Sentiment Analysis | Part One: It’s Not Voodoo!

by Russ Ward (@russcward) As the resident research and analytics guy here at Zemoga, I was asked by Briana Campbell, our Head of Social Media, to contribute to a conversation about the use of “sentiment” in social media monitoring.  Apparently the notion of sarcasm or the parochial use of words like “wicked,” “bad,” or “beast” Read more


by Russ Ward (@russcward)

As the resident research and analytics guy here at Zemoga, I was asked by Briana Campbell, our Head of Social Media, to contribute to a conversation about the use of “sentiment” in social media monitoring.  Apparently the notion of sarcasm or the parochial use of words like “wicked,” “bad,” or “beast” in a positive context had caused some of her peers to dispatch “sentiment analysis” as flat out voodoo.

While being less than perfect as a quantitative measure in real world analysis (even a bunch of humans will disagree), I am an advocate of the use of “sentiment” data as an indicator of the feelings of a specific population. Today complex algorithms process text data to determine sentiment and so it is far from voodoo or smoke and mirrors. No folks, “Sentiment Analysis” is not Voodoo!

To clarify the subject, and my position, I would like to take a few steps back to consider some of the scientific research that has been done in this area in recent years. There is no doubt that this subject has significant potential to be a serious and valuable indicator of the emotion of a given population many academic research projects have been in progress to verify its efficacy. We see entire countries have their political regimes overthrown through communications within social media.

The advent of computer-mediated communication (CMC) (Reference 1) enables large populations of people to be part of conversations regardless of geography and social class of the participants. These conversations can be monitored and analyzed as large-scale ethnographic and psychosocial communities through either a manual or automated analytical methodologies.  We know that social media monitoring tools can monitor all manner of open access web based communications from Facebook, MySpace, Twitter, SMS, instant messages and blogs to name a few.

There is a great deal of power and advantage in understanding the emotional state of a population regarding just about anything from fashion to sports to politics.

In 2010 Schweitzer and Garcia (Ref 2) wrote a compelling paper about their mathematical model for the assessment of emotion in online communities. This model, while appearing complex, provides the framework to map out not only positive and negative emotion, but also the arousal factors of motivation within online community communication.

Their model is based on Brownian agent theory that can be used to describe and classify the state of variables within a population that is summarized as a whole.

In the following images, some small part of the mathematical theory behind the Brownian agents is shown from the Schweitzer and Garcia paper. The causation model in Figure 1. describes how the sentiment in social expression s is determined by the valence v (the direction the individual is thinking positive or negative) and their arousal a (motivation) to express a comment.

sentiment post 6sentiment post 5sentiment post 4sentiment post 3sentiment post 2

This sequential series of equations reveal the factors which contribute to the determination of sentiment and motivational valence.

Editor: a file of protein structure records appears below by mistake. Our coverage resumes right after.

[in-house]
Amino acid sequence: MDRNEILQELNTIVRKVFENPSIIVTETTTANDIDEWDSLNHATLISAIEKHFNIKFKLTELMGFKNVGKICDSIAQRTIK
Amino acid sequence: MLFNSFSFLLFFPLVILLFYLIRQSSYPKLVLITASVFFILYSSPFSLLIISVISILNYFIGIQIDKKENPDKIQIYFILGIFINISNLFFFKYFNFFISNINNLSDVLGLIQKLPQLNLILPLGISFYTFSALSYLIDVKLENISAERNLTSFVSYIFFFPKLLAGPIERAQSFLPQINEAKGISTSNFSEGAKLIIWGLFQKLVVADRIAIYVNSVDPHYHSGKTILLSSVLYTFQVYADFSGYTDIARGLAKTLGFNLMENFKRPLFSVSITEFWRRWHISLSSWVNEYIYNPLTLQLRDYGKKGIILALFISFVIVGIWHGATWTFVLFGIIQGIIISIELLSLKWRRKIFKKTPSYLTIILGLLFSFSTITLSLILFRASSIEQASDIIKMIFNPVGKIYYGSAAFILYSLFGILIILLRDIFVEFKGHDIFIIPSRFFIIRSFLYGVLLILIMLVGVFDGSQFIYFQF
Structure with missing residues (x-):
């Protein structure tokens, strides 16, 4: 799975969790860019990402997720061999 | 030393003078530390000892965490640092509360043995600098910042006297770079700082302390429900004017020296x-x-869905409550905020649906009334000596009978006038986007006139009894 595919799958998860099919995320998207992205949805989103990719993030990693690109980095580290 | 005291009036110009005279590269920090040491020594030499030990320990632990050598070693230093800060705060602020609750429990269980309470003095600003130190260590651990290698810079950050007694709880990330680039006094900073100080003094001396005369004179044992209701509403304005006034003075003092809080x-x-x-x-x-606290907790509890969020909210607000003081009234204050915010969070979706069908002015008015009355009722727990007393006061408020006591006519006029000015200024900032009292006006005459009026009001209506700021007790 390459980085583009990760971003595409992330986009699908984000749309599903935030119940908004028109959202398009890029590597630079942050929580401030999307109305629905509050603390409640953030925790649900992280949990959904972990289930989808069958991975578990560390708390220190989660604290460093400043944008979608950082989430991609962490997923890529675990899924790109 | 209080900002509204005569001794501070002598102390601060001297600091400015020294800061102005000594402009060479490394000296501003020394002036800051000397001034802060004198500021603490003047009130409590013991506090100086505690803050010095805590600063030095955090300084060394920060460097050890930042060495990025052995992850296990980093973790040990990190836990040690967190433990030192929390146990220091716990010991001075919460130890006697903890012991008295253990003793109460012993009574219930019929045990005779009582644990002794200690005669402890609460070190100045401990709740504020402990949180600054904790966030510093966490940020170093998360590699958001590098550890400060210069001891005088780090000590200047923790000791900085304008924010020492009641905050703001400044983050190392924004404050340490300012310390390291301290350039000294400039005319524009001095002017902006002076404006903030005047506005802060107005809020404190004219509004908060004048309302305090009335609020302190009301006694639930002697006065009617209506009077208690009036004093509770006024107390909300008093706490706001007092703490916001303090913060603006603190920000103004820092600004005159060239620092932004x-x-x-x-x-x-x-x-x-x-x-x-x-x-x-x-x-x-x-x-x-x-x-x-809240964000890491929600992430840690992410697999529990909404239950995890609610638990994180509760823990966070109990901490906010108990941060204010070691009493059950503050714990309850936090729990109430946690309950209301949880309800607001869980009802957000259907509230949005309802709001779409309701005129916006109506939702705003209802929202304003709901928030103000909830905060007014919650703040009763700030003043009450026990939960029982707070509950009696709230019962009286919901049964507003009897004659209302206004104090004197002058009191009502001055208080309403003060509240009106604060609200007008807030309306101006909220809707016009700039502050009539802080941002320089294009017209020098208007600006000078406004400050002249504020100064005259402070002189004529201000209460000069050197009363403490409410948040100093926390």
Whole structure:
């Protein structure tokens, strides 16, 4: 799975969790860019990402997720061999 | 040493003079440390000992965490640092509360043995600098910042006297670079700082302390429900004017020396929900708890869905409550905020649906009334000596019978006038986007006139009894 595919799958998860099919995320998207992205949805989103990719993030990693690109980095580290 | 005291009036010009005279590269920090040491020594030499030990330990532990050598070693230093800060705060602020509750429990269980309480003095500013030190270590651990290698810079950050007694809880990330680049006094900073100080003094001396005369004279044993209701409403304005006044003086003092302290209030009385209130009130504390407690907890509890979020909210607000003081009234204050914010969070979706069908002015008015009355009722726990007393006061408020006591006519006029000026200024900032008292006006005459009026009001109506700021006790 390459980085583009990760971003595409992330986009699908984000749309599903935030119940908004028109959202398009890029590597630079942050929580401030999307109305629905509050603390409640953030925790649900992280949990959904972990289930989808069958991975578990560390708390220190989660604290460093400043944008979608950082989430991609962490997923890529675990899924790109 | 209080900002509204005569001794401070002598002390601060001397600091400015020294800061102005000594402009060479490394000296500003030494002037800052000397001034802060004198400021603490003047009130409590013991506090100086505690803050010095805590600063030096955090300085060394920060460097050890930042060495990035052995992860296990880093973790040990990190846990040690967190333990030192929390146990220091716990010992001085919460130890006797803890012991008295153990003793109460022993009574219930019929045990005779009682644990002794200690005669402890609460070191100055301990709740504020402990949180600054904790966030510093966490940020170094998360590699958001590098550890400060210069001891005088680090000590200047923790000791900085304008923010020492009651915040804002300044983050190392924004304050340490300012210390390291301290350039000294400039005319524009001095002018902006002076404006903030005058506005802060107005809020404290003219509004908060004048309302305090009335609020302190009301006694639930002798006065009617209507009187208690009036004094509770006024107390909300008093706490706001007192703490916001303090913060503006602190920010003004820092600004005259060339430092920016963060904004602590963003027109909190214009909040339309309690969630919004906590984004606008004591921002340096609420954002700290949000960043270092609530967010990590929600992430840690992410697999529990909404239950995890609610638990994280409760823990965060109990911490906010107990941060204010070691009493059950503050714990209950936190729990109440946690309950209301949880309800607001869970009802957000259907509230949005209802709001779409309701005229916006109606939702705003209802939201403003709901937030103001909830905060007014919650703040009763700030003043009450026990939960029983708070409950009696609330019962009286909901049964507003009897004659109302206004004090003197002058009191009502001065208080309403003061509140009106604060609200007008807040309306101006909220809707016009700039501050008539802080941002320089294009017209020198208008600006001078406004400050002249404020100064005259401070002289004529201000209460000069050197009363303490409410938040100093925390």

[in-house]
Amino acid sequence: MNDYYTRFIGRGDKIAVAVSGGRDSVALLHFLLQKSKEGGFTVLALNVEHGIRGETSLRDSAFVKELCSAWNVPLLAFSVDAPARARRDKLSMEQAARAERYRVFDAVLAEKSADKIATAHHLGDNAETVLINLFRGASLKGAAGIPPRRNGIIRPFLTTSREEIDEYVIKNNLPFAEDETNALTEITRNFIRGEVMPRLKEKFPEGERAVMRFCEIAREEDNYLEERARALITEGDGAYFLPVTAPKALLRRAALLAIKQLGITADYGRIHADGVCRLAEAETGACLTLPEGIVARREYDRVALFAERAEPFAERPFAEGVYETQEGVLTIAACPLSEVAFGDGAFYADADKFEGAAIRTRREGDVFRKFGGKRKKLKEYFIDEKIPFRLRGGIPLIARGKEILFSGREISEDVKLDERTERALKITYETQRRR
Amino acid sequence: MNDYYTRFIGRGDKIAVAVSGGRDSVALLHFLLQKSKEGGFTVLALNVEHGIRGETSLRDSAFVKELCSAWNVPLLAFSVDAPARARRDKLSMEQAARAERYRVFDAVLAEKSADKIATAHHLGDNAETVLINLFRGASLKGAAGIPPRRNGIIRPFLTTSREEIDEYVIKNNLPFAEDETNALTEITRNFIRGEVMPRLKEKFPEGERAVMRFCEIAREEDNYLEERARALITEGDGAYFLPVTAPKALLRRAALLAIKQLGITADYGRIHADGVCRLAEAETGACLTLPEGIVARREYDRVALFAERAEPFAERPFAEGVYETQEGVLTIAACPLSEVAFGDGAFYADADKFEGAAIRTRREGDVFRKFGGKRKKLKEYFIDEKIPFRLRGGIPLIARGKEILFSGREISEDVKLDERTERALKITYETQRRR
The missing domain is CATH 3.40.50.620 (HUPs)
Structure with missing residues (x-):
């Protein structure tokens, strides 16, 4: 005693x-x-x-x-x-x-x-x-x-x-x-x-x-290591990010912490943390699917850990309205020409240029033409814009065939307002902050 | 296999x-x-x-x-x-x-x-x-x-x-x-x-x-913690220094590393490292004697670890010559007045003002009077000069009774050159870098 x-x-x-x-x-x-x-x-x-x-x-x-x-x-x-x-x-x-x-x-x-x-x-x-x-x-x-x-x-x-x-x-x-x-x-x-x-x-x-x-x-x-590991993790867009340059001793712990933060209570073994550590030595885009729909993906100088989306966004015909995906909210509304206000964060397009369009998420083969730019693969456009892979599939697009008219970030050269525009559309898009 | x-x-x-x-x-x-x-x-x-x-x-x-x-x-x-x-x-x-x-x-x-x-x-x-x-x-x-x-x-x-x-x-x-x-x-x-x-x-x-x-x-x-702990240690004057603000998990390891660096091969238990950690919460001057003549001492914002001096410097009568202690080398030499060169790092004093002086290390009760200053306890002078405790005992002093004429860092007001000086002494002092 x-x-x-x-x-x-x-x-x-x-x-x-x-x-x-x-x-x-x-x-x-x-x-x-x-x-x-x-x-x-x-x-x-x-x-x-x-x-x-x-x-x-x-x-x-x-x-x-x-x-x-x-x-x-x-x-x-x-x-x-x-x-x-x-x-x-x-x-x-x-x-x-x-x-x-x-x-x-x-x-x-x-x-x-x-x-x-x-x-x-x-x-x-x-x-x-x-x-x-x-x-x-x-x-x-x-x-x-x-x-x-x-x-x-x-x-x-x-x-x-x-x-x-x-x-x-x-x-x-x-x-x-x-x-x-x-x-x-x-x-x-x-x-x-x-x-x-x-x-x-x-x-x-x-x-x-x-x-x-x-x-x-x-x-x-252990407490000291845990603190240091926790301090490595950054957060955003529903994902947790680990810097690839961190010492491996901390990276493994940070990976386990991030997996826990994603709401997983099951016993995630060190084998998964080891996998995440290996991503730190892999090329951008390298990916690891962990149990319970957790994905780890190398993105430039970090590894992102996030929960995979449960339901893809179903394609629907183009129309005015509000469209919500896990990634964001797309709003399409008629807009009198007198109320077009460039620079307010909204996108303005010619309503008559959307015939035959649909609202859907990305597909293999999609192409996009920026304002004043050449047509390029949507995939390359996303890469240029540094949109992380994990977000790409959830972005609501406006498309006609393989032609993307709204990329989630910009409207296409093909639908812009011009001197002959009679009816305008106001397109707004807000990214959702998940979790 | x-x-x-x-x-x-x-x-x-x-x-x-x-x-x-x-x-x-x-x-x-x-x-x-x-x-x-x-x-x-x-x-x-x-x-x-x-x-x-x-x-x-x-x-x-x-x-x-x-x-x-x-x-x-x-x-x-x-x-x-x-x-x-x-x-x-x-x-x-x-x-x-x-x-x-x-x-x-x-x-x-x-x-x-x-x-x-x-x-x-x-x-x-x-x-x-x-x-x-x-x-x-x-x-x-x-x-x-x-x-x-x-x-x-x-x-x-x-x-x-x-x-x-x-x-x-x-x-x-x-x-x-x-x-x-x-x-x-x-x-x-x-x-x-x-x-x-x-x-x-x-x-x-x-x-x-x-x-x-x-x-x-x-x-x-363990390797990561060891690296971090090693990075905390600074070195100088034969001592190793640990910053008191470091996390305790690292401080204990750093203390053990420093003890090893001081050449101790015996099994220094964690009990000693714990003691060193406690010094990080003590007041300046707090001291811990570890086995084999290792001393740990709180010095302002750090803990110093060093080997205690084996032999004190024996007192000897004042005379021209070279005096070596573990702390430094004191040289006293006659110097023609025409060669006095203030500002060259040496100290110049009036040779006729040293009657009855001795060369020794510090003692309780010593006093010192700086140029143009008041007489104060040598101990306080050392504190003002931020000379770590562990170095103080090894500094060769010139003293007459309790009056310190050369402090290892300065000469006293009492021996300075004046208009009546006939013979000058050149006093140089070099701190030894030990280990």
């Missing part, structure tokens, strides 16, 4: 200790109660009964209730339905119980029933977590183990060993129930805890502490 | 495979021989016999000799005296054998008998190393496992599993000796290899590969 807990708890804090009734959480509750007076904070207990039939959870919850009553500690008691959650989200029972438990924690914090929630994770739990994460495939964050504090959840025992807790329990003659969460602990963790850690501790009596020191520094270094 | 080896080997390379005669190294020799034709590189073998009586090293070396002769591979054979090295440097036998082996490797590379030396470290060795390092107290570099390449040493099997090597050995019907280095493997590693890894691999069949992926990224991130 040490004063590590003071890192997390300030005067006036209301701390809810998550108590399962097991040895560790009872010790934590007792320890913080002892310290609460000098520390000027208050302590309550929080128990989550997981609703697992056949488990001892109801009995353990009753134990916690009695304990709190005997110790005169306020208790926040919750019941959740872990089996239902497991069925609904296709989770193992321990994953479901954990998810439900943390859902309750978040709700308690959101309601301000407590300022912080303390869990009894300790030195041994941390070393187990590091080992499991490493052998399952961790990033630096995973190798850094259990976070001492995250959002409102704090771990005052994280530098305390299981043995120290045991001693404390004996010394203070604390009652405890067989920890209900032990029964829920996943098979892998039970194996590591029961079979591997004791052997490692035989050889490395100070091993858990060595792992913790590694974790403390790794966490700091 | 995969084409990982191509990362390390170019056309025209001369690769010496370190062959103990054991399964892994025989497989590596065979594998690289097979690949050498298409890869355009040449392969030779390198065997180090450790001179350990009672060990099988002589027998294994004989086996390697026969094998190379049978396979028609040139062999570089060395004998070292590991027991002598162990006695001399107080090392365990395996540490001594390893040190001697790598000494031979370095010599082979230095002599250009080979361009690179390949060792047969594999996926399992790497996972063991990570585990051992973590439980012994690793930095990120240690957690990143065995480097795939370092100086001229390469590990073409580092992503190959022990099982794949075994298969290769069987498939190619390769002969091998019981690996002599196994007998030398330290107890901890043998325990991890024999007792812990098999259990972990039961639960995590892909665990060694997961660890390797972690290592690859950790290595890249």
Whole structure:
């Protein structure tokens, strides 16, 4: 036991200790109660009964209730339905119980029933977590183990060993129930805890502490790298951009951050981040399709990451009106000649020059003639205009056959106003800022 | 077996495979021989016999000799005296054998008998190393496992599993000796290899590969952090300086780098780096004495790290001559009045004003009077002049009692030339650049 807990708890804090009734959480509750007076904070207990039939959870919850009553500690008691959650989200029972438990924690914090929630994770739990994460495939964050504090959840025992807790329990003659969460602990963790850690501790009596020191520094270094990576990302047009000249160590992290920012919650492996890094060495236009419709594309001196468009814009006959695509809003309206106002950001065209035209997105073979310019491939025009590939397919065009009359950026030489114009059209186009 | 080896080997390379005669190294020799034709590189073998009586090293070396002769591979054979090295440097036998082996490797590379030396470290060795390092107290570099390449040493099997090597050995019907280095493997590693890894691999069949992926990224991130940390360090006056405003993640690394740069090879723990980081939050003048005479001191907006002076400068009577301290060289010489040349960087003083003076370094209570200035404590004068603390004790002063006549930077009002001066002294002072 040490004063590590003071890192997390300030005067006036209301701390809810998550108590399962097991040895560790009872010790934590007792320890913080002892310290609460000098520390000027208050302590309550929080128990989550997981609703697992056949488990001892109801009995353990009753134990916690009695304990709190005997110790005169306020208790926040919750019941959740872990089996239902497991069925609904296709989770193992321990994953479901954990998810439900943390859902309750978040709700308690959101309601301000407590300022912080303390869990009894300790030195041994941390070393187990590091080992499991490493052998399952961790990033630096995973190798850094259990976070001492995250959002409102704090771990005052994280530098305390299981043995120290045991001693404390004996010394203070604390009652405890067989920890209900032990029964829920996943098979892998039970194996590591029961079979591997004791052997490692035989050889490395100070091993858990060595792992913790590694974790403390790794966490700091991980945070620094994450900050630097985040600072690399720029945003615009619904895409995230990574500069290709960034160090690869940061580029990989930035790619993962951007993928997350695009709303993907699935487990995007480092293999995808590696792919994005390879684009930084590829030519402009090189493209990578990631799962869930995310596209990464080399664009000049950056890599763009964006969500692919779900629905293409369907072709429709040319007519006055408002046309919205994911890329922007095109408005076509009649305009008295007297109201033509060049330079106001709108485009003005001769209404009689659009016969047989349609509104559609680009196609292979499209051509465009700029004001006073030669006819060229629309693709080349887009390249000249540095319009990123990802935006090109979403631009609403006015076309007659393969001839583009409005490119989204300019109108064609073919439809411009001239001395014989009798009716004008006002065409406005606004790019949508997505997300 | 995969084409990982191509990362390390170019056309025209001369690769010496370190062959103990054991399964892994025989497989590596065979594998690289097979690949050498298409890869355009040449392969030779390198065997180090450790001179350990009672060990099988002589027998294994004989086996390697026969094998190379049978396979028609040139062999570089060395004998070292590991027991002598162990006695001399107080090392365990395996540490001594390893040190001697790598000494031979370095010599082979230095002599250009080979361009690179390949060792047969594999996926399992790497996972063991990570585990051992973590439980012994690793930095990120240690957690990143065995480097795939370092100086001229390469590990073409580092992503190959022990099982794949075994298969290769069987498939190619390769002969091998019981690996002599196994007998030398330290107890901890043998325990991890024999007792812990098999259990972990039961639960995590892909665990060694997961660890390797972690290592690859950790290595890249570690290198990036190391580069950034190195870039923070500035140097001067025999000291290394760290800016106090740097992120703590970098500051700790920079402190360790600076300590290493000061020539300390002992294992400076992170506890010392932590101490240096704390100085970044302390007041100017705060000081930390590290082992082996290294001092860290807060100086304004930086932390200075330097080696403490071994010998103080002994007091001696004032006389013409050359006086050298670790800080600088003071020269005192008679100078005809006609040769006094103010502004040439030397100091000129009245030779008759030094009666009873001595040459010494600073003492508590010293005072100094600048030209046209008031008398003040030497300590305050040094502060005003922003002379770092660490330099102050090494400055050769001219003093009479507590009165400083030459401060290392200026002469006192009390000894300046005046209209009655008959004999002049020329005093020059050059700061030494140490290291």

According to the authors, this model provides its users with the ability to predict the resulting collective emotions of the online communities for which it is being used.

In another 2010 paper by Thelwall et al. (Ref 3) the authors describe an new algorithm named “SentiStrength” to analyze and identify sentiment from informal English text. These results are shown to yield a 60.6% accuracy for mapping positive sentiment and a 72.8% accuracy for negative sentiment within these short informal texts.

sentiment blog 1

SentiStrength exploits contemporary cultural and social tendencies of slang, de-facto grammar and spelling styles in cyberspace. This is done via lookup tables programmed either manually or through machine learning.

This scientific research places sentiment analysis utilizing validated processing algorithms such as these in the realm of meaningful web metrics data that cannot be tossed aside as quackery or voodoo.

Continued research will gradually improve the accuracy results over time. However, in the mean time, I advocate that sentiment analysis is very useful as an indicator of the emotional status within social media communiations.

If the negative sentiment for a subject is greater than 5 to 10%, then closer investigation is wise to find the root causes (which will be covered about in the next installment – ed.).

Another way to look at this is as such: there is a 10% negative sentiment in a sample of 100 people; this means that 10 people had a negative feeling about the subject. If this is accurate to 70% using the SentiStrength software, then it means 7 people really do have a negative emotional outlook about their experience. In this scenario should we discard the feelings of 7% of the population as insignificant?

So here is my question:

If sentiment analysis is this scientific in its behind the scenes processing – why is this level of accuracy not useful to information users and what level of accuracy will it take if human processing is about the same?


Reference 1:

2. Schweitzer & Garcia An agent based model of collective emotions in online communities. 2010 European Physical

Journal B 77 533 – 545

3. M. Thelwall, K. Buckley, G. Paltoglou & D. Cai: Sentiment Strength Detection in Short Informal Text. Journal of the

American Society for Information Science and Technology, 61(12): 2544-2558, 2010

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